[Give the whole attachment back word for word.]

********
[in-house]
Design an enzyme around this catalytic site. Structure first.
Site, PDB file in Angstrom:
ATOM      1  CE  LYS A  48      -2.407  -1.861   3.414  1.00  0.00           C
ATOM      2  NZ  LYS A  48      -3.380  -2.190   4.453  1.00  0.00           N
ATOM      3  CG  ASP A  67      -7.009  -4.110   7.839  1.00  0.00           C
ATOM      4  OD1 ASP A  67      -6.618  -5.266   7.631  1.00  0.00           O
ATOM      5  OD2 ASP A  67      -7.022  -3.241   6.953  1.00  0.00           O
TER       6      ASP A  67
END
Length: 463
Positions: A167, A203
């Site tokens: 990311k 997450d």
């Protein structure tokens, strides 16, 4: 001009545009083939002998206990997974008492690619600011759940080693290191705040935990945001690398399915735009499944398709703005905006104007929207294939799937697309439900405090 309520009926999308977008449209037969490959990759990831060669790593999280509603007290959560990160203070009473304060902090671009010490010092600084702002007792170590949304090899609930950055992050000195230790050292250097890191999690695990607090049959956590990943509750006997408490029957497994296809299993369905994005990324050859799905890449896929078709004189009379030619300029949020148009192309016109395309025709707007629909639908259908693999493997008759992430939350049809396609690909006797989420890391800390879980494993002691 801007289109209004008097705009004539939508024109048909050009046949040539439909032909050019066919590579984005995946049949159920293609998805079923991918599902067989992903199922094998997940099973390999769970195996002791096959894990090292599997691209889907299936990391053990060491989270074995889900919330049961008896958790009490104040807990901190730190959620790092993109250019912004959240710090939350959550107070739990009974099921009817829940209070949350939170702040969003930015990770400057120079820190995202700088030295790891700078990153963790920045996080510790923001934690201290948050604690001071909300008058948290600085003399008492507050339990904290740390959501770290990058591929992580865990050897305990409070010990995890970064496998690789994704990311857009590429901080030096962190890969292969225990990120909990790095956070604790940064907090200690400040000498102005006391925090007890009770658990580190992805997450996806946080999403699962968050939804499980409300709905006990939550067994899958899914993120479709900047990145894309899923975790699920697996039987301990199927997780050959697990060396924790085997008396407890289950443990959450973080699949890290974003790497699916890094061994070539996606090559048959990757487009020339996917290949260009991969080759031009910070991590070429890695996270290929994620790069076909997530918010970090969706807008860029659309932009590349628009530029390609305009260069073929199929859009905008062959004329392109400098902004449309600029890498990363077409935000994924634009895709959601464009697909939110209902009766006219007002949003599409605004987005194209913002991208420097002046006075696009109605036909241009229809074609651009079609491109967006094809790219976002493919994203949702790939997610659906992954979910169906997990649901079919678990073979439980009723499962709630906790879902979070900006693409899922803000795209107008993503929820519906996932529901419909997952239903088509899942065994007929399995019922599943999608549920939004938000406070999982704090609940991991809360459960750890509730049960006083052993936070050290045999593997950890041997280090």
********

[in-house]
Design an enzyme around this catalytic site. Structure first.
Site, PDB file in Angstrom:
ATOM      1  CE  LYS A  48      -2.407  -1.861   3.414  1.00  0.00           C
ATOM      2  NZ  LYS A  48      -3.380  -2.190   4.453  1.00  0.00           N
ATOM      3  CG  ASP A  67      -7.009  -4.110   7.839  1.00  0.00           C
ATOM      4  OD1 ASP A  67      -6.618  -5.266   7.631  1.00  0.00           O
ATOM      5  OD2 ASP A  67      -7.022  -3.241   6.953  1.00  0.00           O
TER       6      ASP A  67
END
Length: 463
Positions: A167, A203
């Site tokens: 990311k 997450d």
């Protein structure tokens, strides 16, 4: 001009545009083939002998206990997974008492690619600011759940080693290191705040935990945001690398399915735009499944398709703005905006104007929207294939799937697309439900405090 309520009926999308977008449209037969490959990759990831060669790593999280509603007290959560990160203070009473304060902090671009010490010092600084702002007792170590949304090899609930950055992050000195230790050292250097890191999690695990607090049959956590990943509750006997408490029957497994296809299993369905994005990324050859799905890449896929078709004189009379030619300029949020148009192309016109395309025709707007629909639908259908693999493997008759992430939350049809396609690909006797989420890391800390879980494993002691 801007289109209004008097705009004539939508024109048909050009046949040539439909032909050019066919590579984005995946049949159920293609998805079923991918599902067989992903199922094998997940099973390999769970195996002791096959894990090292599997691209889907299936990391053990060491989270074995889900919330049961008896958790009490104040807990901190730190959620790092993109250019912004959240710090939350959550107070739990009974099921009817829940209070949350939170702040969003930015990770400057120079820190995202700088030295790891700078990153963790920045996080510790923001934690201290948050604690001071909300008058948290600085003399008492507050339990904290740390959501770290990058591929992580865990050897305990409070010990995890970064496998690789994704990311857009590429901080030096962190890969292969225990990120909990790095956070604790940064907090200690400040000498102005006391925090007890009770658990580190992805997450996806946080999403699962968050939804499980409300709905006990939550067994899958899914993120479709900047990145894309899923975790699920697996039987301990199927997780050959697990060396924790085997008396407890289950443990959450973080699949890290974003790497699916890094061994070539996606090559048959990757487009020339996917290949260009991969080759031009910070991590070429890695996270290929994620790069076909997530918010970090969706807008860029659309932009590349628009530029390609305009260069073929199929859009905008062959004329392109400098902004449309600029890498990363077409935000994924634009895709959601464009697909939110209902009766006219007002949003599409605004987005194209913002991208420097002046006075696009109605036909241009229809074609651009079609491109967006094809790219976002493919994203949702790939997610659906992954979910169906997990649901079919678990073979439980009723499962709630906790879902979070900006693409899922803000795209107008993503929820519906996932529901419909997952239903088509899942065994007929399995019922599943999608549920939004938000406070999982704090609940991991809360459960750890509730049960006083052993936070050290045999593997950890041997280090």